Sea-level changes from global to local scales


Sea-level changes from global to local scales

The main factors that can cause an average sea level rise are the thermal expansion of the oceans, the melting of ice sheets and the change in salinity due to the exchange of water masses between the oceans and the freshwater reserves of the territory.

These contributions are commonly attributed to a global climate change induced largely by anthropogenic inputs of greenhouse gases. The absolute sea level also indirectly depends on the deformation of the solid earth. The acceleration experienced by the thermal expansion of the oceans and the melting of glaciers and ice caps in recent decades is linked to the massive input by humans of greenhouse gases into the atmosphere, causing warming.

The scientific community is in fact now unanimous in attributing the cause of the warming and therefore also of the recent rise in sea level to human activities.

Sea-level changes from global to local scales

The study Contemporary sea-level changes from global to local scales: a review, published in the Proceedings.

Mathematical, physical, and engineering sciences, said us: "Sea-level variations spread over a very broad spectrum of spatial and temporal scales as a result of complex processes occurring in the Earth System in response to natural variability of the climate system, as well as to external forcing due to natural phenomena and anthropogenic factors.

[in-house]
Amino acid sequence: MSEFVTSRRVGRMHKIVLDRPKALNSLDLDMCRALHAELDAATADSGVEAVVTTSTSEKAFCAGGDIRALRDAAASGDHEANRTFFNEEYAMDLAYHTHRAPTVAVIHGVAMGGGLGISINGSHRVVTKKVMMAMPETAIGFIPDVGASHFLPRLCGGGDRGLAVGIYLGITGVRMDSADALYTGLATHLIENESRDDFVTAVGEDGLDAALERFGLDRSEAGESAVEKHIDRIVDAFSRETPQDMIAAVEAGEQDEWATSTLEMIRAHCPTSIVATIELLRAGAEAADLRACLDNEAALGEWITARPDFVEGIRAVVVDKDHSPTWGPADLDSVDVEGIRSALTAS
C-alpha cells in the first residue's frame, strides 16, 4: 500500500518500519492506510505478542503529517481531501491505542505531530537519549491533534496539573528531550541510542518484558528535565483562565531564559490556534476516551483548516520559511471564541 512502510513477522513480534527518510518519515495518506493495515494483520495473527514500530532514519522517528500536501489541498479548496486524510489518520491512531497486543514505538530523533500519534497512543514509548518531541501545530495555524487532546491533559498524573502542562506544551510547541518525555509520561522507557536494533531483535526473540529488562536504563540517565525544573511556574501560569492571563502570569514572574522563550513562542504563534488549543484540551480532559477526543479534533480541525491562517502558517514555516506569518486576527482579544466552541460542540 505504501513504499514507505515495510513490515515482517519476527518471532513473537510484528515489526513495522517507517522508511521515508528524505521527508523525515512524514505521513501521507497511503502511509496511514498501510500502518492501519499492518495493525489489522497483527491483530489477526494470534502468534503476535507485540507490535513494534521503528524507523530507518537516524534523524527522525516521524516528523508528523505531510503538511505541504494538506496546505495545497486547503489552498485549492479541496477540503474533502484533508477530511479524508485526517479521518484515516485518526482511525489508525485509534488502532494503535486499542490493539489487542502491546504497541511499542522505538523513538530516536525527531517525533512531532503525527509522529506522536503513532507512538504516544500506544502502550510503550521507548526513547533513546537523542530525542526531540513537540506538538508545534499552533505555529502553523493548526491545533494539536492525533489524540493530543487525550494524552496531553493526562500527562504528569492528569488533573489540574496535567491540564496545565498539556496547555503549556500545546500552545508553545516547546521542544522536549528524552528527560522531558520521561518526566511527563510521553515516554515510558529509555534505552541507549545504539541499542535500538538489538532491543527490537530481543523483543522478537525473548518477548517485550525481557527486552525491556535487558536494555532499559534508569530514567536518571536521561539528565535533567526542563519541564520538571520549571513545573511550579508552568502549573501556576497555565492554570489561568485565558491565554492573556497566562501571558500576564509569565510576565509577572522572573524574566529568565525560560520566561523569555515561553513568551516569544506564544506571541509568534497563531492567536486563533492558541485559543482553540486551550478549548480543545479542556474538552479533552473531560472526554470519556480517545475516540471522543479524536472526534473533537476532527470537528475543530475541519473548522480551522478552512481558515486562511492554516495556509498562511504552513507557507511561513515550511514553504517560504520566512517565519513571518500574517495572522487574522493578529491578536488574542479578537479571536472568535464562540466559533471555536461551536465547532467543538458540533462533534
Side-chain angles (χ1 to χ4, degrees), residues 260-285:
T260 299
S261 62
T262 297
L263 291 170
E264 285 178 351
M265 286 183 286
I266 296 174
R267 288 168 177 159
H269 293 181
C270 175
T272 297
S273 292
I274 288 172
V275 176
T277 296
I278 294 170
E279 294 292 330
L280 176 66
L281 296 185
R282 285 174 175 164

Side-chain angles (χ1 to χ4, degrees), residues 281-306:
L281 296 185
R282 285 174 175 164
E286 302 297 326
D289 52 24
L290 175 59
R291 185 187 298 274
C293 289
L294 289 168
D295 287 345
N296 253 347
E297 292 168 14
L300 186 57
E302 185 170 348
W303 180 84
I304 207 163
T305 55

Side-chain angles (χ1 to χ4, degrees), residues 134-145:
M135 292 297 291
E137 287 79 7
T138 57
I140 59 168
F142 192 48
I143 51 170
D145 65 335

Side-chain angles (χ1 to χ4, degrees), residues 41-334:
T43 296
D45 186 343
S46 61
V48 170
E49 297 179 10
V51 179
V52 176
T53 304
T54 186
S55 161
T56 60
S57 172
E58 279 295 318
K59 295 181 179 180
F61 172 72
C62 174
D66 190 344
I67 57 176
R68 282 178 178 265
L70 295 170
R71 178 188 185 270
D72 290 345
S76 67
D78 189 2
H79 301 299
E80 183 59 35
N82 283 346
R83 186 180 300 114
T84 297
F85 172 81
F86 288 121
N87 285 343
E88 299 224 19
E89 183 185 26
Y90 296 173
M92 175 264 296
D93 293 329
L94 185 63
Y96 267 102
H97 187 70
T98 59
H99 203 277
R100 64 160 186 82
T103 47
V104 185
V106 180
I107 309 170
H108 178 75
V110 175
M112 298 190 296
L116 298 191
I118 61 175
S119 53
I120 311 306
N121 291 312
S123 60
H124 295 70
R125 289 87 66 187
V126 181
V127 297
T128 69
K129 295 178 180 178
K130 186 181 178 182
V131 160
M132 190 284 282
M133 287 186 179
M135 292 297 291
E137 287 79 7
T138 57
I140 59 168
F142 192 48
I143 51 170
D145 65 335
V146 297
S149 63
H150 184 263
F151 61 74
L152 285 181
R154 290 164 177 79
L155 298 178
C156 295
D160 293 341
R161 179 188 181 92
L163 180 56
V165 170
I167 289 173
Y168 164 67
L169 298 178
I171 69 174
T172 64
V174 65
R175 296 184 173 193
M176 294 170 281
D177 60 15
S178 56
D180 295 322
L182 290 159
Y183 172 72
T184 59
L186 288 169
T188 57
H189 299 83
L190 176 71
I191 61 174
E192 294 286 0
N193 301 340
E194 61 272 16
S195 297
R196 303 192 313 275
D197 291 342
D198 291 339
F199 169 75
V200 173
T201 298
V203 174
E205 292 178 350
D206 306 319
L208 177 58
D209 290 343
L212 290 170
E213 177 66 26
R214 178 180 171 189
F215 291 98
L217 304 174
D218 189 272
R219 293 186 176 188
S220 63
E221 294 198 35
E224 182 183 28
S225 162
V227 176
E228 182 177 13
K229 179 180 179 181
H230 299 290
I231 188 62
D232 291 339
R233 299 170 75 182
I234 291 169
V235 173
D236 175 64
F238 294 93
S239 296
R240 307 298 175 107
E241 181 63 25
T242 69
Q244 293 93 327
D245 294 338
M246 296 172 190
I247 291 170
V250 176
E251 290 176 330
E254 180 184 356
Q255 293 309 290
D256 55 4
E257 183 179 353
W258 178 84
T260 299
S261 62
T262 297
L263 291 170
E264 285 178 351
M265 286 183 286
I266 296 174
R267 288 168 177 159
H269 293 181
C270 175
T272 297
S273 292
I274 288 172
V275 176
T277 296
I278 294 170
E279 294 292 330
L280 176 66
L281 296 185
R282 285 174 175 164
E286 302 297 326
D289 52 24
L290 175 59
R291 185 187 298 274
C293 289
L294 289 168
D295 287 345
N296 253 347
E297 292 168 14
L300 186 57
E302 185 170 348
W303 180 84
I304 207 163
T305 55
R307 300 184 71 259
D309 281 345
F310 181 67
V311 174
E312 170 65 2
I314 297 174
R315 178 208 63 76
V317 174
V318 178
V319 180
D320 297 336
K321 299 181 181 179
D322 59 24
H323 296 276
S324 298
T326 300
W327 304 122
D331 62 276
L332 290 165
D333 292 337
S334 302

Here, we address contemporary sea-level changes, focusing on the satellite altimetry era (since the early 1990s), for which various observing systems from space and in situ allow precise monitoring of sea-level variations from global to local scales, as well as improved understanding of the components responsible for the observed variations.

This overview presents the most recent results on observed global and regional sea-level changes and on associated causes, focusing on the interannual to decadal time scale.Recent progress in measuring sea level at the coast are presented.Finally, a summary of the most recent sea-level projections from the Intergovernmental Panel on Climate Change is also provi ded." Sea level can also be used as zero point for determining altitudes.

By convention, the height above the sea of a municipality is measured from the churchyard of the highest church or from the main square of the place or from the seat of the town hall. Of the three eventualities mentioned, the most certain appears to be the location of the square.